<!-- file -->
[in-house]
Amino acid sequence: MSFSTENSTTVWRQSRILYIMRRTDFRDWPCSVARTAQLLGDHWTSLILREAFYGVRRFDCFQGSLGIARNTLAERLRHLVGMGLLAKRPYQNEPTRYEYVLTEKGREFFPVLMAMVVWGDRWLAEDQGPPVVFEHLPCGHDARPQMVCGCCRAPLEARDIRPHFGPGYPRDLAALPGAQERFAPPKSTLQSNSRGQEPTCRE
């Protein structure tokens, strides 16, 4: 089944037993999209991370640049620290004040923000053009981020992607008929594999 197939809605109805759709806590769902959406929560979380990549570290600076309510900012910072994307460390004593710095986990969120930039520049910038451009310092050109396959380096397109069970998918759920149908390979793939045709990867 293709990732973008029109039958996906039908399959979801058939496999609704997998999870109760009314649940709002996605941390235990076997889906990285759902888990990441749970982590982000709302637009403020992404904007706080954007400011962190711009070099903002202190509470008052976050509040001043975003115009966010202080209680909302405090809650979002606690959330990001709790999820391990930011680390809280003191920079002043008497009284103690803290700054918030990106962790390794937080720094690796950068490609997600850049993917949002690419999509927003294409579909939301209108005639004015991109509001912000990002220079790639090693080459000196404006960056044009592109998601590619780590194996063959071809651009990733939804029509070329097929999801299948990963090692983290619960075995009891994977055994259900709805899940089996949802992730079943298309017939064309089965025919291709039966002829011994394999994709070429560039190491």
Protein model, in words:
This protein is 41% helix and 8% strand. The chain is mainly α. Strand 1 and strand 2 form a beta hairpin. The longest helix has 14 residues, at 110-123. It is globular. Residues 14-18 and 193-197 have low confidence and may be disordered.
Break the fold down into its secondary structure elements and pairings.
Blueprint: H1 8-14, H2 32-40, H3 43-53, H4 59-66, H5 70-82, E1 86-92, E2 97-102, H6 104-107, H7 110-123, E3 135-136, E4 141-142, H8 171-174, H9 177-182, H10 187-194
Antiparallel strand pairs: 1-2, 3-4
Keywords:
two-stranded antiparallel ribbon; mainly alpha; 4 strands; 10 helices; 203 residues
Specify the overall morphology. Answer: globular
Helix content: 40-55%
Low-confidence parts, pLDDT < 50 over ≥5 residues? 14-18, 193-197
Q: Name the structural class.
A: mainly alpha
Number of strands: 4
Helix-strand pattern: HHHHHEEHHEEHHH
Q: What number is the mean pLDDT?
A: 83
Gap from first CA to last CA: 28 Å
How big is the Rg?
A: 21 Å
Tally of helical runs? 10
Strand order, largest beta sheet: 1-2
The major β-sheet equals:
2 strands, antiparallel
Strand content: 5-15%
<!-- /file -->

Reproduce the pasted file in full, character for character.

[in-house]
Amino acid sequence: MSFSTENSTTVWRQSRILYIMRRTDFRDWPCSVARTAQLLGDHWTSLILREAFYGVRRFDCFQGSLGIARNTLAERLRHLVGMGLLAKRPYQNEPTRYEYVLTEKGREFFPVLMAMVVWGDRWLAEDQGPPVVFEHLPCGHDARPQMVCGCCRAPLEARDIRPHFGPGYPRDLAALPGAQERFAPPKSTLQSNSRGQEPTCRE
């Protein structure tokens, strides 16, 4: 089944037993999209991370640049620290004040923000053009981020992607008929594999 197939809605109805759709806590769902959406929560979380990549570290600076309510900012910072994307460390004593710095986990969120930039520049910038451009310092050109396959380096397109069970998918759920149908390979793939045709990867 293709990732973008029109039958996906039908399959979801058939496999609704997998999870109760009314649940709002996605941390235990076997889906990285759902888990990441749970982590982000709302637009403020992404904007706080954007400011962190711009070099903002202190509470008052976050509040001043975003115009966010202080209680909302405090809650979002606690959330990001709790999820391990930011680390809280003191920079002043008497009284103690803290700054918030990106962790390794937080720094690796950068490609997600850049993917949002690419999509927003294409579909939301209108005639004015991109509001912000990002220079790639090693080459000196404006960056044009592109998601590619780590194996063959071809651009990733939804029509070329097929999801299948990963090692983290619960075995009891994977055994259900709805899940089996949802992730079943298309017939064309089965025919291709039966002829011994394999994709070429560039190491």
Protein model, in words:
This protein is 41% helix and 8% strand. The chain is mainly α. Strand 1 and strand 2 form a beta hairpin. The longest helix has 14 residues, at 110-123. It is globular. Residues 14-18 and 193-197 have low confidence and may be disordered.
Break the fold down into its secondary structure elements and pairings.
Blueprint: H1 8-14, H2 32-40, H3 43-53, H4 59-66, H5 70-82, E1 86-92, E2 97-102, H6 104-107, H7 110-123, E3 135-136, E4 141-142, H8 171-174, H9 177-182, H10 187-194
Antiparallel strand pairs: 1-2, 3-4
Keywords:
two-stranded antiparallel ribbon; mainly alpha; 4 strands; 10 helices; 203 residues
Specify the overall morphology. Answer: globular
Helix content: 40-55%
Low-confidence parts, pLDDT < 50 over ≥5 residues? 14-18, 193-197
Q: Name the structural class.
A: mainly alpha
Number of strands: 4
Helix-strand pattern: HHHHHEEHHEEHHH
Q: What number is the mean pLDDT?
A: 83
Gap from first CA to last CA: 28 Å
How big is the Rg?
A: 21 Å
Tally of helical runs? 10
Strand order, largest beta sheet: 1-2
The major β-sheet equals:
2 strands, antiparallel
Strand content: 5-15%